Be courageous and be brave
And in my heart you’ll always stay
Forever young, forever young
Forever Young, Bob Dylan
I was at a Christmas concert, tonight. Shocking, I know.
The concert was out at the Timberlodge at Shekinah Retreat Centre near Waldheim. This is one of my favourite places on the planet, so I always enjoy going there. The music was good. I met some old friends.
My overwhelming thought was how long I’ve been around on Planet Earth.
I talked with a couple of brothers from our previous church. The youngest (who should be about 13) is working construction. The older is finishing up university and was excited that Google – yes, that Google – had wined and dined him at their Waterloo offices which were, in his words, sick.
There were also a number of young women I knew from various places in the Mennonite world – camp, Rosthern Junior College, etc. While I know they were still in their late teens / early twenties, it seemed that they were going on thirty.
Another young woman I knew “back when” now has a three and a five year old. In my mind, she’s still sixteen.
How did this happen? How did I get so old?
Don’t get me wrong; I don’t feel old. Well, I should qualify that. There are days when my body feels old. Medieval. Ancient, even. My back hurts constantly, and some days that is the least of my problems.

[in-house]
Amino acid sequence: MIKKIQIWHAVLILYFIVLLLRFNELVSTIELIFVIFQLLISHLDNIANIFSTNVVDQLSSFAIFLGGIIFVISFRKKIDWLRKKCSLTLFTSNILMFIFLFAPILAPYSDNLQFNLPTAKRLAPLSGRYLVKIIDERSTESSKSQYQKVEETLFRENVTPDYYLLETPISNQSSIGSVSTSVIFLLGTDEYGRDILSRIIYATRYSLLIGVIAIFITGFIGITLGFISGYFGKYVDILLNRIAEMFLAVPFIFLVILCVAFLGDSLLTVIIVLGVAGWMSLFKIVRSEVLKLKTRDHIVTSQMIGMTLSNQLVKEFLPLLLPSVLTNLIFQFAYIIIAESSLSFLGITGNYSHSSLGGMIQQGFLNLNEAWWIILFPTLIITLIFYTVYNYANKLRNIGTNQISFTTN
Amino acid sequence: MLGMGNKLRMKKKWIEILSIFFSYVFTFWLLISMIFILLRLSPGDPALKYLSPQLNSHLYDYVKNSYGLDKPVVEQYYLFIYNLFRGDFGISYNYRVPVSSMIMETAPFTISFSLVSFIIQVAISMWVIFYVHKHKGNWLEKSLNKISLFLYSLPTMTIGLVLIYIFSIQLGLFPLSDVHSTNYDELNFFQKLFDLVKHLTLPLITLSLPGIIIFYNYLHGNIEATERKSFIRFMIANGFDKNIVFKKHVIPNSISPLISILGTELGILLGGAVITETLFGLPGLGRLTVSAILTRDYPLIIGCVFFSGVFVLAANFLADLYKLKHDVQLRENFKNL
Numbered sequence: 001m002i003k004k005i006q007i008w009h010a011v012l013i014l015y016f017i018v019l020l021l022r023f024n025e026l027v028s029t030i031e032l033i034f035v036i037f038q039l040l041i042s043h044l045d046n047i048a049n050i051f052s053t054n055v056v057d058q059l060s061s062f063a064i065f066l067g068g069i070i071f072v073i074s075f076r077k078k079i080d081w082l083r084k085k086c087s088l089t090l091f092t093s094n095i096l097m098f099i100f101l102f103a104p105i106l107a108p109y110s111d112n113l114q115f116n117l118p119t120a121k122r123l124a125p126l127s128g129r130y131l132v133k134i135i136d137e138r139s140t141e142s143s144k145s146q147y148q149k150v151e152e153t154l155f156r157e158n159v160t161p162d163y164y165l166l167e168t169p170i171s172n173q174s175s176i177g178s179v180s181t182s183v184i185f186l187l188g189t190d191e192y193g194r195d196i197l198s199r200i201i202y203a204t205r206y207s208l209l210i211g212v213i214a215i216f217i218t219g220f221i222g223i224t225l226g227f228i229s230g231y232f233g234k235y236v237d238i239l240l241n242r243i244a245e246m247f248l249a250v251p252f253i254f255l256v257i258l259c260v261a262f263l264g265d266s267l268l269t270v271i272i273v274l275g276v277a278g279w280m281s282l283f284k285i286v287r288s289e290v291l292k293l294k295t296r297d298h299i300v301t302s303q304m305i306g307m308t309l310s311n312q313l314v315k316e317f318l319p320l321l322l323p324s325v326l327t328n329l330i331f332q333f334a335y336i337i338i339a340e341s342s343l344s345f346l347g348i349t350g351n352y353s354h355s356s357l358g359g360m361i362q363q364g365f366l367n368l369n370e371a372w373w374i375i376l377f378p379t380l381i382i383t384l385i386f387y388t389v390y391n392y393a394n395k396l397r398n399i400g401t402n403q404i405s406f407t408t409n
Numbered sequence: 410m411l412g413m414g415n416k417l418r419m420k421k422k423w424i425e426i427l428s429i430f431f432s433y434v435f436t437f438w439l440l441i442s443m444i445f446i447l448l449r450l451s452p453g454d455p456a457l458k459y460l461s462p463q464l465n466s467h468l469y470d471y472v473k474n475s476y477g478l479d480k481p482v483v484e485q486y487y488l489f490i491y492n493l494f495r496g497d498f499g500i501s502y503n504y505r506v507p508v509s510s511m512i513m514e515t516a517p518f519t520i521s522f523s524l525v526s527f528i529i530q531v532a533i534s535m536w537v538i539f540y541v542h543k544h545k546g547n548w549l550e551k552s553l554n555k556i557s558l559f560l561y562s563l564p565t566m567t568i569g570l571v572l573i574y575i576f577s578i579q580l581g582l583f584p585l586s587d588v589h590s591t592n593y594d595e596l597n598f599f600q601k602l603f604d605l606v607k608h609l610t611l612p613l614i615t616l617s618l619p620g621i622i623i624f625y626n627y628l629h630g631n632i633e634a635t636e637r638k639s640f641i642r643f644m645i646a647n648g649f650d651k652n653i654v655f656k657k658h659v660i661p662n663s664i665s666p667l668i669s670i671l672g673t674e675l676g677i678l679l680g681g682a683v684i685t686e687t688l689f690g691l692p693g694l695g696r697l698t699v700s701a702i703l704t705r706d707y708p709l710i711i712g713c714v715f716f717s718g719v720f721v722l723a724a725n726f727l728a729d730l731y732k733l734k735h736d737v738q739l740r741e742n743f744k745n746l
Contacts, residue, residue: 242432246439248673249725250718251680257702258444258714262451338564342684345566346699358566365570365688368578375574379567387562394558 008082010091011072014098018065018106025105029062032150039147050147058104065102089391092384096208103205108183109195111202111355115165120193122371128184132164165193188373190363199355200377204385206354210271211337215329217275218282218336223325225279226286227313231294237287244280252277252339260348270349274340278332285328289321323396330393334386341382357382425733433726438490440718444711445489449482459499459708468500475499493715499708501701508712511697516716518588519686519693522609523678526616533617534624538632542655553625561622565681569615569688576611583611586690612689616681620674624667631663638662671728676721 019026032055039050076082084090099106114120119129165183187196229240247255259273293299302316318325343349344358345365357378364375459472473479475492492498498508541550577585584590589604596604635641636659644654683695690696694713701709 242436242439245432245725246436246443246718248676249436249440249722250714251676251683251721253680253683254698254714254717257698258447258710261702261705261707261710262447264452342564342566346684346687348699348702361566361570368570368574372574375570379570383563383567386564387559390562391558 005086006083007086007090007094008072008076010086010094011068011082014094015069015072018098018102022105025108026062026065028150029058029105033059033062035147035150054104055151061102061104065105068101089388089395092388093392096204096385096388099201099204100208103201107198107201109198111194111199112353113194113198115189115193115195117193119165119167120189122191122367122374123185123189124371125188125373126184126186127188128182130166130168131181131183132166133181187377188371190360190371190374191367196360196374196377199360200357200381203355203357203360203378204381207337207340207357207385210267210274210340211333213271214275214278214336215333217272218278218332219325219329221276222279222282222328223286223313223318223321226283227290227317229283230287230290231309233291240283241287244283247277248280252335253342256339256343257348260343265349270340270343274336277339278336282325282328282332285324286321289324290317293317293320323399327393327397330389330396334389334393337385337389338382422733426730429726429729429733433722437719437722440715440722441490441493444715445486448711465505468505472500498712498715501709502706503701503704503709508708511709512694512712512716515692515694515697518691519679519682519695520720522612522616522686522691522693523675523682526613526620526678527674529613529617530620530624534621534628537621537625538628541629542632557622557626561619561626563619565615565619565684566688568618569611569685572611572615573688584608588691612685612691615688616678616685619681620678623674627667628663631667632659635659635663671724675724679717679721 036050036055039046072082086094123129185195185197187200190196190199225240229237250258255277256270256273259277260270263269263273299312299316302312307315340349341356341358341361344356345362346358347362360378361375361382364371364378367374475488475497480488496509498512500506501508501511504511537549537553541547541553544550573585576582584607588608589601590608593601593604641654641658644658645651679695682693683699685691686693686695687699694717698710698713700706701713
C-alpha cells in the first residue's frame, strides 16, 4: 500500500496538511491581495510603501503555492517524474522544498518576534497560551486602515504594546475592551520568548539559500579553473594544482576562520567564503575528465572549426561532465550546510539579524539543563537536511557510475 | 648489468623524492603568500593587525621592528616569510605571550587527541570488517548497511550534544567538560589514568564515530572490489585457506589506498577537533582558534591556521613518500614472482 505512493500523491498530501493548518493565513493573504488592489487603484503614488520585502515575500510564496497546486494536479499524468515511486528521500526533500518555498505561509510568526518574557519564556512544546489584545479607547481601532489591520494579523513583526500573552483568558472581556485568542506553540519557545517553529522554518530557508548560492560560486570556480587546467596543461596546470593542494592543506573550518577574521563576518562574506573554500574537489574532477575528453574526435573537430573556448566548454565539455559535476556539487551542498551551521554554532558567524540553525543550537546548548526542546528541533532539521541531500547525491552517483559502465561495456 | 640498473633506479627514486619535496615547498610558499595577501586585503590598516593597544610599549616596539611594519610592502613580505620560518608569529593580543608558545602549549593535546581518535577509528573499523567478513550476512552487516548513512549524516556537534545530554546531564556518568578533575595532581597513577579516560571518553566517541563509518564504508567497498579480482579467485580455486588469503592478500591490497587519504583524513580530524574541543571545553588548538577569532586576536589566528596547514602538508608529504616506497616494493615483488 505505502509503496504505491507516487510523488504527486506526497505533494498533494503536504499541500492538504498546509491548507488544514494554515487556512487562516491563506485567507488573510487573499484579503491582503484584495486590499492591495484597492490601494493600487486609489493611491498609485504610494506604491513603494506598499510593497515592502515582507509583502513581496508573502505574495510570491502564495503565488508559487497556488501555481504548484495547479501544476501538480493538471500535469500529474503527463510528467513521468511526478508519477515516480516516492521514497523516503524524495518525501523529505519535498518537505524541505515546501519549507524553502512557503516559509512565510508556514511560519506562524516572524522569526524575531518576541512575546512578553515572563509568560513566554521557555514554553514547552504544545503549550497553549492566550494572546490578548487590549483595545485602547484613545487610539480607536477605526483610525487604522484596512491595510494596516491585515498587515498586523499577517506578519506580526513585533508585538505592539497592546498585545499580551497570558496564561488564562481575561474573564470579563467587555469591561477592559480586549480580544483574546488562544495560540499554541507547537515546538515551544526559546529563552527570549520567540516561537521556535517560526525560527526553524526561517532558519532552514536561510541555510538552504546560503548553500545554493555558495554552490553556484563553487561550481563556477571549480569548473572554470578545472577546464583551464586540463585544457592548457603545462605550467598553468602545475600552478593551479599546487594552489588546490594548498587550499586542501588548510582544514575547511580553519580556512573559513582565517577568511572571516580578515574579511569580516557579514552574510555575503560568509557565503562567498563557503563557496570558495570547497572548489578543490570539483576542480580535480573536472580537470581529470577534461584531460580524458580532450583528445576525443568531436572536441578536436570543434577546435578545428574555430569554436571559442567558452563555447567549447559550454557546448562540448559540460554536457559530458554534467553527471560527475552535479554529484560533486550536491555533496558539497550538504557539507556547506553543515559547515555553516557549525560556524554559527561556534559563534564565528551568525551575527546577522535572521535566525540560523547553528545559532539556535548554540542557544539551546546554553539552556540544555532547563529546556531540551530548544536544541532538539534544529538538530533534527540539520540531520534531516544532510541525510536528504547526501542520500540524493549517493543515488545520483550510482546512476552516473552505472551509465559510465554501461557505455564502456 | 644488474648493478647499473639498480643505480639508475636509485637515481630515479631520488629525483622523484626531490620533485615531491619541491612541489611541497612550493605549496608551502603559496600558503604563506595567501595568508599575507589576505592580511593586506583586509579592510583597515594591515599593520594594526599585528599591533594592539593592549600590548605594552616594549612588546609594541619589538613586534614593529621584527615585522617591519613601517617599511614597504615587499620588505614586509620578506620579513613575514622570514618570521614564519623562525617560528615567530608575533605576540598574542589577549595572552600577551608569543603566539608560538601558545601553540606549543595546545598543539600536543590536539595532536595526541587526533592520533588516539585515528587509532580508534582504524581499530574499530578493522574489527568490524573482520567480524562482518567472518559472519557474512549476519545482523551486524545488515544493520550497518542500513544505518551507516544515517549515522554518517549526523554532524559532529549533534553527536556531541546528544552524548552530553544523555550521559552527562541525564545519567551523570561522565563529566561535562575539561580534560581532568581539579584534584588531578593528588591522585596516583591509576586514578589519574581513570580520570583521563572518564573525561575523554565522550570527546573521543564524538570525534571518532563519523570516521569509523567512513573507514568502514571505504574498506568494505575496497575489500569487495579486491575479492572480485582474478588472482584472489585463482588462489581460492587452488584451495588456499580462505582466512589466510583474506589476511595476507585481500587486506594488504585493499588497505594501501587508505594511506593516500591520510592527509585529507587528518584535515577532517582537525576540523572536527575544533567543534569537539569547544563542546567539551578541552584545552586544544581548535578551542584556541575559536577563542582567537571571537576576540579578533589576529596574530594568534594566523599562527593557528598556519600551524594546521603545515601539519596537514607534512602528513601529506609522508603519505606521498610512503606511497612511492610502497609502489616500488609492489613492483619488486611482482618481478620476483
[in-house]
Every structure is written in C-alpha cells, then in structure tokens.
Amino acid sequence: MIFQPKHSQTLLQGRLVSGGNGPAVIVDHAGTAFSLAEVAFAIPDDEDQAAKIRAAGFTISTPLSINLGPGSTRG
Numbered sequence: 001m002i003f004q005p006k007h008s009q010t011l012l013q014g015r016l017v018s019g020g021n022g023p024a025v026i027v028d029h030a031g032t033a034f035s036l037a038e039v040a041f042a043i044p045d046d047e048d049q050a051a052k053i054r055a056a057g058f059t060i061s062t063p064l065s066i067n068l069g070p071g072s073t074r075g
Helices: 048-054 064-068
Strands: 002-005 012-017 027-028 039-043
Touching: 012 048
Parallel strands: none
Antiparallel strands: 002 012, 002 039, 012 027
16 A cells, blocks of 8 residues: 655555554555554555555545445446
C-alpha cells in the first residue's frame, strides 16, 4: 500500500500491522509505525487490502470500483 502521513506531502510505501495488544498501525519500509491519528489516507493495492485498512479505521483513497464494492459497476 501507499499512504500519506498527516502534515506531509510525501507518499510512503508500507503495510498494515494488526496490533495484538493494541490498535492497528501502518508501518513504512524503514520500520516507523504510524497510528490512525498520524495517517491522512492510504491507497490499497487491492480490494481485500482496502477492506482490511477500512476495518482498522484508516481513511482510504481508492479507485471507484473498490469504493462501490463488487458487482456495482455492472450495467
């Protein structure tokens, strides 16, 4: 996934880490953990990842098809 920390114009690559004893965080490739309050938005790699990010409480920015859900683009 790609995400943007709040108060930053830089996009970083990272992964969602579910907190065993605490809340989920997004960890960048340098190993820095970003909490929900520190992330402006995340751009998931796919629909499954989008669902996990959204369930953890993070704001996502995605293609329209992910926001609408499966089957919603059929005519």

Still, in my mind, I’m the same age I’ve always been. (To be fair, Sue is convinced that I stopped maturing somewhere around the age of sixteen.)
I think that’s the way it goes. Since I hit my early twenties, or so – when I became an “adult” – I have always felt this age. I do remember being other ages, but I’ve been this age for a long time.
I remember being a kid. Young. When you are young, you can’t wait to get old. So you can do things. You don’t know what, but you know it will be awesome.
Then you hit puberty. It’s hormones and zits. Finding your place in the world. Being horny for years on end. Excitement and rejection. Falling in love.
And then … adulthood? This is where my mind has stuck. I don’t see myself differently (well, in the mirror, yes) than I did in my twenties, thirties, or forties.
I wonder how this works? Internally. What chemical soup feeds this delusion? Because, obviously, I’ve changed. In some ways, for the worse. In some for the better.
When I look in the mirror, I am sometimes surprised by the old guy staring back at me. Where did you come from? I wonder. My back creaks. My knees crack. I can’t turn my head to the left. My hair is more Matlock than Magnum.
And yet my brain keeps telling me that I’m the same age I’ve always been. Well, after childhood and puberty. Obviously.
I’m sure there are studies about this phenomenon. Unless, and I just thought of this, maybe it’s just me. Wouldn’t that be something? If I was unique? What are the odds?
In spite of this reality vs perception, I am fine with thinking that I am as I’ve always been. I’m OK with thinking that I’m the same as I was.
Because … who knows how I’d react if I thought I was getting old?